Simple Stateful Services with CoreOS and AWS

A simple guide how to create a stateful service with CoreOS fleet and AWS volumes. If you need to run a stateful service which does not need to be highly available this guide will get you up to speed.

The goal is to setup a Postgres container writing to an AWS EBS volume. If one host goes down we can mount the EBS volume to a different host and restart the Postgres container. While this is not highly available it is fault tolerant and easy to manage because not many components are involved.

Below you see a visualization of the Postgres container postgres@vol-5afc0745 running on core1. The EBS volume vol-5afc0745 is attached to core1 as /dev/xvdb. Once core1 goes down we need to reattach vol-5afc0745 to core2 and restart postgres@vol-5afc0745.

Docker volume migration

Create the Service

You need to create a unit file template postgres@.service. Inside a template you can use %i to capture the value after the @. If you start the service postgres@vol-5afc0745.service then the %i specifier will resolve to vol-5afc0745.

We are using the official postgres image. This container mounts /data/postgres to the PostgreSQL data directory and therefore requires the data-postgres.mount unit being activated. We prevent the unit from being collocated with other PostgreSQL instances with the Conflicts option because there exists only one /data/postgres mountpoint.

Because our service is not stateless we cannot schedule it on every machine. The fleet MachineMetadata option allows us to constrain the possible machines a service is allowed to run on. Using the fleet templating feature we restrict this service to run only on machines with a postgres entry that matches the %i systemd specifier.

I stripped out useful timeouts from the service file below to make it more readable.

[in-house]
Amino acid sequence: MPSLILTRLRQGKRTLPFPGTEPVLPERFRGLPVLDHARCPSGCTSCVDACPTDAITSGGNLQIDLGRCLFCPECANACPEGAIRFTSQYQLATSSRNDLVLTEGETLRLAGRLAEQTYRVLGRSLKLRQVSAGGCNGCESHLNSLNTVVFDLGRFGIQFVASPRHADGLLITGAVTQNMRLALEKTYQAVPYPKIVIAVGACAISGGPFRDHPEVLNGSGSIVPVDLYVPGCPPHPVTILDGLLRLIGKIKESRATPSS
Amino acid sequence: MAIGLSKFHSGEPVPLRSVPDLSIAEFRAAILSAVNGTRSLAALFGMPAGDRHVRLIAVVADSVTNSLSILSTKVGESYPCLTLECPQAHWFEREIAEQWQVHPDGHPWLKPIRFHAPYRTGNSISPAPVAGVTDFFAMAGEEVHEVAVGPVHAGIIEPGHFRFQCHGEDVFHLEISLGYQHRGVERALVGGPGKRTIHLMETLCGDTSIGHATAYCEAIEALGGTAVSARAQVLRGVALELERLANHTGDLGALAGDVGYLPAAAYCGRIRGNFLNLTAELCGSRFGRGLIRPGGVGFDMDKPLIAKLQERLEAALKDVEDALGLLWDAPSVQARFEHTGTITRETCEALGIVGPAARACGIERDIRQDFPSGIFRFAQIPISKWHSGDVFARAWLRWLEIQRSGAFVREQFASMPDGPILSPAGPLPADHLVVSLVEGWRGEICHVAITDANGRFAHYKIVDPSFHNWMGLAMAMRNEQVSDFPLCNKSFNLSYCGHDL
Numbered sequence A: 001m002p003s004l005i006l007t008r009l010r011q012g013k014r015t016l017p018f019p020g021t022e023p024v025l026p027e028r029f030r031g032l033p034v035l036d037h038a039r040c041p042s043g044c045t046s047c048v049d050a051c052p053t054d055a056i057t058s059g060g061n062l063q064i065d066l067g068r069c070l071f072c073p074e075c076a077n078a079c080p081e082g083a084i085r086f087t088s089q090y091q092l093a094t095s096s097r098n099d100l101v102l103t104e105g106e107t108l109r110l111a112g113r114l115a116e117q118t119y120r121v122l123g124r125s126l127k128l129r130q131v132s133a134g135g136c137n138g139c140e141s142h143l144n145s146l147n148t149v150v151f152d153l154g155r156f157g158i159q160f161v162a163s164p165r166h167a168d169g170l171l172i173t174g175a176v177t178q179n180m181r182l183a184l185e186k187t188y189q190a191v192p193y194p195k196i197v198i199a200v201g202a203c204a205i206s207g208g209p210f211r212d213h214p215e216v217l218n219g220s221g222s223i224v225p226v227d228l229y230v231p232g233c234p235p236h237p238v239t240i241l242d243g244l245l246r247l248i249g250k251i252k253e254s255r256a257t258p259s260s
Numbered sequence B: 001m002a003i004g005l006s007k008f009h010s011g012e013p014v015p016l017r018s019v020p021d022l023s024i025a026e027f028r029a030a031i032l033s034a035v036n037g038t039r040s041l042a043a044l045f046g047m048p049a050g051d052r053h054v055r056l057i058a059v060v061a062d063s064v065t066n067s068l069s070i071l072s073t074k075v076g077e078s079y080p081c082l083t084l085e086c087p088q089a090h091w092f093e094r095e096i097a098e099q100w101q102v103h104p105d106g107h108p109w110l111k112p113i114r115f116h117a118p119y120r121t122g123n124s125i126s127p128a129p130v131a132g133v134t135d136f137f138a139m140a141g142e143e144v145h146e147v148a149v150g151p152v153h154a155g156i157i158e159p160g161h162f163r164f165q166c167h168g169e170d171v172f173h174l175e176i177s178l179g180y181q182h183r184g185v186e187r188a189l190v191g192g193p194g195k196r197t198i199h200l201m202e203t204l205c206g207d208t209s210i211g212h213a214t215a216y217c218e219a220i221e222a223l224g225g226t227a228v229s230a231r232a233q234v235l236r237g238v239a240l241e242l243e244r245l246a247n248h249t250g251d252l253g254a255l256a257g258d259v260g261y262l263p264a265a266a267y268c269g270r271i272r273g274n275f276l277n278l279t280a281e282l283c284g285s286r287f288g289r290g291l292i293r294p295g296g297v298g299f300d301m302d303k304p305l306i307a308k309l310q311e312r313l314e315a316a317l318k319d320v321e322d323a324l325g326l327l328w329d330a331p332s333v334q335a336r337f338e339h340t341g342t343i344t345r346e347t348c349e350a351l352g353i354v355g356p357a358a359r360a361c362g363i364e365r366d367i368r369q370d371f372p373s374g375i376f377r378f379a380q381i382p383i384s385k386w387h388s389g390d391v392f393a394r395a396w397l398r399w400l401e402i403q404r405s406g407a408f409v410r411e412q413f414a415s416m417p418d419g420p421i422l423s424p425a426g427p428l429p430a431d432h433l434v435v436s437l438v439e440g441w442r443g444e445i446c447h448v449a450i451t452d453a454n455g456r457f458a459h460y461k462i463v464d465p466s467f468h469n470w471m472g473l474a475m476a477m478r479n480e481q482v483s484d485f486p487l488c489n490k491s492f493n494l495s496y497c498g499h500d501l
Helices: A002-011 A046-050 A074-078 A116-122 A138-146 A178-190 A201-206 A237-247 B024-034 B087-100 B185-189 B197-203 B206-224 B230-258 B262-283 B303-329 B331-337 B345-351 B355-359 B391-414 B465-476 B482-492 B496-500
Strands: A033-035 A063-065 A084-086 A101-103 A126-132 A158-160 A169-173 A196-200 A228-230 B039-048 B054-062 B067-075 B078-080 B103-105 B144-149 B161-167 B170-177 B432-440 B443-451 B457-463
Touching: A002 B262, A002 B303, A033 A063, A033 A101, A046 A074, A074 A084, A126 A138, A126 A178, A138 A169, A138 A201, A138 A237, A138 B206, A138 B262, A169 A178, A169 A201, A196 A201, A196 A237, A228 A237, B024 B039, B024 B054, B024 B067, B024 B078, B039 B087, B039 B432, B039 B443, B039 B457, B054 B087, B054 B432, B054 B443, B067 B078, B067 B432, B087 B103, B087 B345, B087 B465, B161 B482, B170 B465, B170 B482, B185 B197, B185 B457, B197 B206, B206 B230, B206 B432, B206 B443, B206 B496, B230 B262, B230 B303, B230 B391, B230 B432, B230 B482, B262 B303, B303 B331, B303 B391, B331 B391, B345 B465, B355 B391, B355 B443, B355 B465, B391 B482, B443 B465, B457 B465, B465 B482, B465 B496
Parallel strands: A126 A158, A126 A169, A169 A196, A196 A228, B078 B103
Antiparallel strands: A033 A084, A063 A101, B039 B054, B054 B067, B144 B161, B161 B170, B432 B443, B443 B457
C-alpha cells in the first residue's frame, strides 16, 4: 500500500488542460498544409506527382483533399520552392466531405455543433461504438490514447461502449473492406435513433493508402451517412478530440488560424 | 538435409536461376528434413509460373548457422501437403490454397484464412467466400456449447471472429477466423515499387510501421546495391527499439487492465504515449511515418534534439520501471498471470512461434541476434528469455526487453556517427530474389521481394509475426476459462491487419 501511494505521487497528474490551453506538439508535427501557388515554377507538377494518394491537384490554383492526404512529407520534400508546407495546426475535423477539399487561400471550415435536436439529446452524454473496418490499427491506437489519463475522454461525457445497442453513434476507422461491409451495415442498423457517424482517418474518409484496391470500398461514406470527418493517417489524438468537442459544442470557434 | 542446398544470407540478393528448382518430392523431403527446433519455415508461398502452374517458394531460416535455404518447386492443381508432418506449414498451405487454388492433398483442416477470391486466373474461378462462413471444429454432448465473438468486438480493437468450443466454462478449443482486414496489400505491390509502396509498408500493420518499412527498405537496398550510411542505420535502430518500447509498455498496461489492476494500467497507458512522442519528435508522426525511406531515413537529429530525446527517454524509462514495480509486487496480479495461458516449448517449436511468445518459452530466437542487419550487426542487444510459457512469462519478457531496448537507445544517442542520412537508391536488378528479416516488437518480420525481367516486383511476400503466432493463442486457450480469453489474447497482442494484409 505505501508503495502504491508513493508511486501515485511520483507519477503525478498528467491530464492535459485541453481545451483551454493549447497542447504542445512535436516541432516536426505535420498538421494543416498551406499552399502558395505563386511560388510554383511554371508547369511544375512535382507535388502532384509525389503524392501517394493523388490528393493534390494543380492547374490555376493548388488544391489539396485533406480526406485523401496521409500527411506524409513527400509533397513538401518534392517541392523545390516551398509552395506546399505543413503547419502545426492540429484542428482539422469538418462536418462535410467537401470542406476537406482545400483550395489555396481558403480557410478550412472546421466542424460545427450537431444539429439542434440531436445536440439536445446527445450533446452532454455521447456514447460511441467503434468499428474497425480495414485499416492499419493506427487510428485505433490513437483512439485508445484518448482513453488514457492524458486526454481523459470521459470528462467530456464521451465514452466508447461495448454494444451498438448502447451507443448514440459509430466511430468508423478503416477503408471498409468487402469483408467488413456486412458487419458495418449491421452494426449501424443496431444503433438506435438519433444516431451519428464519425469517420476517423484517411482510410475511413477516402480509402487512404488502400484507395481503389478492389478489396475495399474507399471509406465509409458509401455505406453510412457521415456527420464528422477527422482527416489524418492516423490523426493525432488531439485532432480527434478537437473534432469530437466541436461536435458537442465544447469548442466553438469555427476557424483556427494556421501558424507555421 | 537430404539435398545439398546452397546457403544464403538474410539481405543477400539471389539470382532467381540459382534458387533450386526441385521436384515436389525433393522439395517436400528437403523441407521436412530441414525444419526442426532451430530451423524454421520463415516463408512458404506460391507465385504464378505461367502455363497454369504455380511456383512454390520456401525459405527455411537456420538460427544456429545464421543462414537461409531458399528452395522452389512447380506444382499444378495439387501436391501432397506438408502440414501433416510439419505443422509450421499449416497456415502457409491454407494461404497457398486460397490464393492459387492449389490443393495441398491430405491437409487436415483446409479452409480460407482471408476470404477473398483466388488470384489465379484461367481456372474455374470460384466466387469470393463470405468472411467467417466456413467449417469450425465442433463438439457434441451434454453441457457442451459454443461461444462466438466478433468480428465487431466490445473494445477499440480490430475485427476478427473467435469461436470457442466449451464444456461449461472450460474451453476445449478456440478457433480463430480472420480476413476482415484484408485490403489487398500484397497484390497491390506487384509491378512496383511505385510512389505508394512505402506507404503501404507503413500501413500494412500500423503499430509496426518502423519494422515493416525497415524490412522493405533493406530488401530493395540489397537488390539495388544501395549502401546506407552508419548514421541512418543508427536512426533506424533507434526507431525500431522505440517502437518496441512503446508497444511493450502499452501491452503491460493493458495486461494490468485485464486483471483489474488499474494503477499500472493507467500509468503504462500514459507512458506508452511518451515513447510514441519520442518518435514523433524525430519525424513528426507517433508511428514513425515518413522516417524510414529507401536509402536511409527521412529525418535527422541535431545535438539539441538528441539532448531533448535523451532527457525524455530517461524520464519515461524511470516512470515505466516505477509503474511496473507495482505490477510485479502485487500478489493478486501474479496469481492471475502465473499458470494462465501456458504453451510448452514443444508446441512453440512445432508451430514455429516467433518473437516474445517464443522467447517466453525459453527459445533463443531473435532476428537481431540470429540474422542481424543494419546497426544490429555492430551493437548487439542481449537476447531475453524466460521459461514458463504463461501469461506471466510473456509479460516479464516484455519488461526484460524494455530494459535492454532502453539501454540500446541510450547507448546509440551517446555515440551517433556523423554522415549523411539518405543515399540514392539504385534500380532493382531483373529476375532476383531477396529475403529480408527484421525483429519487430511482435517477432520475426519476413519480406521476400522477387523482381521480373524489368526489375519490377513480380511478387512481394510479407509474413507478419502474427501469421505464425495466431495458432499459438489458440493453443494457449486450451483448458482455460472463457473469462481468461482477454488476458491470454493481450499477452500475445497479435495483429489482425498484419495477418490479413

ExecStartPre=/usr/bin/docker pull postgres:9.4
ExecStart=/usr/bin/docker run --name postgres-%i \
-v /data/postgres:/var/lib/postgresql/data \
-e POSTGRES_PASSWORD=axti31lxb4123xhqaef355hh8ys \
-p 5432:5432 \
-t postgres:9.4


Now we need to create a templated unit. I like to use soft links to easily reschedule the services. This templated unit now only runs on EC2 hosts where the volume vol-5afc0745 has been attached to.

ln -s postgres@.service postgres@vol-5afc0745.service

Create the Volume

In AWS create an empty volume in your availability zone.

AWS create volume

Attach it as /dev/xvdb to the running CoreOS instance.

AWS attach volume

On the CoreOS instance check whether the volume has been mounted with lsblk. You should see /dev/xvdb with an empty mountpoint.

xvdb    202:16   0   50G  0 disk

Now format the volume with the filesystem of your choice. For this example I will use BTRFS.

mkfs.btrfs -L PostgreSQL /dev/xvdb

Now power down the CoreOS node because we are going to modify the cloud config file.

Modify Cloud Config

You can change the cloud config of a CoreOS machine by changing the user data in AWS.

Modify user data